Monday, July 21, 2008

Cutting Through the Bullshit....


Eckhard Tolle talks about the boxes we put ourselves in and the false identities we accept. It starts at birth, he says, with a name. We are assigned a name.

As time goes on and we venture into the world, we are put in other boxes that define us and we are then locked into them as we accept them as part of our identity.

When I was very young, I was put into the box, especially in my school experience, as the outsider, the one who wasn't chosen for baseball teams - as the one who sat alone.

At home, I was put into the box of "black sheep", the one who was assigned that role in the family.

I bought it. For a long time. Without even consciously realizing it, I totally bought the ticket. I lived it.. even when objective evidence showed it was wrong and no longer fit.

After a seven-hour meeting at the wat on Friday, I came to realize exactly how much I'd allowed my identity to be wrapped up in those old roles, those old beliefs, those old beliefs that were in place to serve the agenda of the people who surrounded me.

I've been challenged by my work at the wat in many ways. The primary one was to assume my logical role ~ that of natural leadership and strength.

It started rather innocently. One member and the lead monk got into a screaming match. (Yes, a Buddhist monk was hollering and carrying on like a 14-year-old boy in the locker room whose manhood was questioned. It was a disgusting scene.. but not the subject of this post - at the moment.) The woman who argued with him was naturally offended and got very emotional. She picked up her things and said to me, "Let's go." She was my ride but I wasn't prepared to go because nothing was resolved.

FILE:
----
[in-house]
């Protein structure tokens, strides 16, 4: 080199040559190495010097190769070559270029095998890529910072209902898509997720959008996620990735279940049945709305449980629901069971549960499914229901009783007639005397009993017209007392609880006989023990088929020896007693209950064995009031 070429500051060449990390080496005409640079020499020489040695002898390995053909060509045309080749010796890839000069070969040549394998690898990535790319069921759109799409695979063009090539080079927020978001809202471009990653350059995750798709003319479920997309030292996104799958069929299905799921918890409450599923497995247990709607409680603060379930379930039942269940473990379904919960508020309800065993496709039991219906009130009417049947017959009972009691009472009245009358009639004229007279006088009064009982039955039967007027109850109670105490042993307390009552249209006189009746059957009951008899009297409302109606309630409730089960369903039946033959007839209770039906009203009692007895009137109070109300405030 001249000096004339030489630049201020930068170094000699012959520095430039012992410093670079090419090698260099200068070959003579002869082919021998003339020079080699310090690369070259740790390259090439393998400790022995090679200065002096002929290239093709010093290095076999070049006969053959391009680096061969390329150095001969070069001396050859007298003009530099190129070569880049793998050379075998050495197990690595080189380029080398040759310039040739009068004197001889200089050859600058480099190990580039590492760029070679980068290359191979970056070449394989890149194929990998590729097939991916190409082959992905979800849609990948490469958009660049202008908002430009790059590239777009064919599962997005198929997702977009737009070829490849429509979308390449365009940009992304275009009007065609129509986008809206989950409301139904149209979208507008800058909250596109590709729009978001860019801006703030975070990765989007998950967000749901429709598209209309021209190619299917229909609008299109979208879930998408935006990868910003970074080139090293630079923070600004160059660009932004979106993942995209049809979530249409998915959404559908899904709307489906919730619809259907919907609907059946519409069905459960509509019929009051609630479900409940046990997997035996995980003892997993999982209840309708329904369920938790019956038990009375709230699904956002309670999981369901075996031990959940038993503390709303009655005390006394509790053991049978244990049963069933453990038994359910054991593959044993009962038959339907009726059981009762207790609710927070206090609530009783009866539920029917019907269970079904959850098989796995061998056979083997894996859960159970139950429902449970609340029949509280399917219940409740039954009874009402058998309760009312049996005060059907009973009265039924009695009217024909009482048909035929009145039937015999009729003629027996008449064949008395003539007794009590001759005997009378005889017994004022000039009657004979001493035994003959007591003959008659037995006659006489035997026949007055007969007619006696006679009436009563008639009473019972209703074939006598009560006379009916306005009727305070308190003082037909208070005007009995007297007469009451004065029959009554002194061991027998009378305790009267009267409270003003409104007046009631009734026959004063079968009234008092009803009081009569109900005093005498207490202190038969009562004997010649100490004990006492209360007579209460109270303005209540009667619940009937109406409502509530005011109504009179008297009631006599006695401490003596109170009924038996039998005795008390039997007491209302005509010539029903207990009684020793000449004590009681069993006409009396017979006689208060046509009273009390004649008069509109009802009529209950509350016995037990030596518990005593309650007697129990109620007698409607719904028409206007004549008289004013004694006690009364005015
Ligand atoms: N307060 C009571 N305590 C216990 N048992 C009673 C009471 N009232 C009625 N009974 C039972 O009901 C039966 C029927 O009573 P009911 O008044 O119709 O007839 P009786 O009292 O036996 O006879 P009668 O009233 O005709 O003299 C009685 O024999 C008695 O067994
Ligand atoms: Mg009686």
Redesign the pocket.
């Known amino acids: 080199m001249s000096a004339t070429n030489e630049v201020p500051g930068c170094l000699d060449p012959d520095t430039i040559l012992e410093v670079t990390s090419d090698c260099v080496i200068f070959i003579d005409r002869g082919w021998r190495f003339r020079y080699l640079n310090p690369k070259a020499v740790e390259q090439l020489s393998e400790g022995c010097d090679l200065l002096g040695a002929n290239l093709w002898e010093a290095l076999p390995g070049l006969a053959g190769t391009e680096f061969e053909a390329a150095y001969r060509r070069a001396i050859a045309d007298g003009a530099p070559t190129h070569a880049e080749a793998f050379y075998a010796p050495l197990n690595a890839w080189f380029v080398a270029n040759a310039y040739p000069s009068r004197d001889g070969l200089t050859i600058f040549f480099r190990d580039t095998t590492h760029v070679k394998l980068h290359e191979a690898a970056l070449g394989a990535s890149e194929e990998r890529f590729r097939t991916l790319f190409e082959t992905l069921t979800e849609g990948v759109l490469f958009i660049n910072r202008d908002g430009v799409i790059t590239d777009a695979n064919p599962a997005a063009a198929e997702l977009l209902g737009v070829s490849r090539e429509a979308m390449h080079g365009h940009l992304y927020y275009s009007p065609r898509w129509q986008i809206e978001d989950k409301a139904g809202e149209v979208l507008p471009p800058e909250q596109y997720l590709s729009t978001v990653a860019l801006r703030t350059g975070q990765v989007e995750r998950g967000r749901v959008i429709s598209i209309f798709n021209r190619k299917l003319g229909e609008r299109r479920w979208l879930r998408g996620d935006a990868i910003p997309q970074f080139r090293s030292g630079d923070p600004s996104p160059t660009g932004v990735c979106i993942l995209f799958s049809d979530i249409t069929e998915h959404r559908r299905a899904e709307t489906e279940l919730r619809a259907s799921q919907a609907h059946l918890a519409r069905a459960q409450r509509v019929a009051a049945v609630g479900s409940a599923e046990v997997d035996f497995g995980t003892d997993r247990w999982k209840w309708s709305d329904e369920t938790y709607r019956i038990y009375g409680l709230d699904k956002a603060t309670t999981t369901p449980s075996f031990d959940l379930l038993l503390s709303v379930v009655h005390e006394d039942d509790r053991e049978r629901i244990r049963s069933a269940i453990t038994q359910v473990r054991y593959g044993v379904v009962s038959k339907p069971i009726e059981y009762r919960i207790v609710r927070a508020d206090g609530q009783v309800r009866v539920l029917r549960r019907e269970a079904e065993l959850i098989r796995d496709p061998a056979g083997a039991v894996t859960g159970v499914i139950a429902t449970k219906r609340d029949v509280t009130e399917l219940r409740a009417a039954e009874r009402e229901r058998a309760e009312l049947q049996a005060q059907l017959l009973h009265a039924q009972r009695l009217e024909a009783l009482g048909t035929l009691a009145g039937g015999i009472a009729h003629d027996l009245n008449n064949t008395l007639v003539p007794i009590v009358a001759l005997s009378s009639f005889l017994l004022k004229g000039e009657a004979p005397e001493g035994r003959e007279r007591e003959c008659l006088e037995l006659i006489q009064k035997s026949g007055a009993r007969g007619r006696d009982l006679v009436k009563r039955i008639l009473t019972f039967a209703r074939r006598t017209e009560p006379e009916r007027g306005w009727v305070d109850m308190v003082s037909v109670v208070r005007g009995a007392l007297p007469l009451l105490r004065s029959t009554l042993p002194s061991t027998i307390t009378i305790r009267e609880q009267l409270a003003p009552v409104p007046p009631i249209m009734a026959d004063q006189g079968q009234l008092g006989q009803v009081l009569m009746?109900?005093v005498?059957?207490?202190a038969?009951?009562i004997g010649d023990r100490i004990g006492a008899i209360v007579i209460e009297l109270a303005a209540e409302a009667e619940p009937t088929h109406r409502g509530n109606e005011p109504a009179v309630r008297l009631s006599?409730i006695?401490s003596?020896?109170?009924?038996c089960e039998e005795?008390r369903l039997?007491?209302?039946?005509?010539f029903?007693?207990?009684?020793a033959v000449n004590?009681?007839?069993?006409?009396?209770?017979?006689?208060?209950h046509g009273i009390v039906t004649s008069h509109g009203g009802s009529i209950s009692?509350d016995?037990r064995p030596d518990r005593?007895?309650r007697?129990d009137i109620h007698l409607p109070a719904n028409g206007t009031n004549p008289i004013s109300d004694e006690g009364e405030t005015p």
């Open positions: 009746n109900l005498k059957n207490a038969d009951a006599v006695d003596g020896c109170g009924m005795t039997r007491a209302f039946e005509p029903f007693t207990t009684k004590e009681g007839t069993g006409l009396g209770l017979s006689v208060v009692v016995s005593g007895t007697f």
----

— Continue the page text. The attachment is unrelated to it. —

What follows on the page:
In an instant, almost as though someone outside of me was controlling me, I stood up and said, "Stop the bullshit. Both of you. Stop it now!"

I asked M if she honestly believed the monk wasn't listening to her because he doesn't "like" her. That was her statement. "He doesn't like me or respect me so he's not listening."

(Keep in mind that most of this interaction took place between them in a language I don't understand. I just heard a lot of yelling, squealing and other kitty cat noises.)

Everyone there looked at me. I had their attention. I said to M, "get someone to translate for me. If you legitimately think he isn't listening because he doesn't like you, then I'll talk to him."

The stakes are rather high in this whole mess. I can't go into the details but it is serious.

She dilly-dallied around and half-heartedly looked for someone who would translate for me. She was very invested in her identity of not being liked, therefore unheard. Her identity as a victim was more important than solving the problem.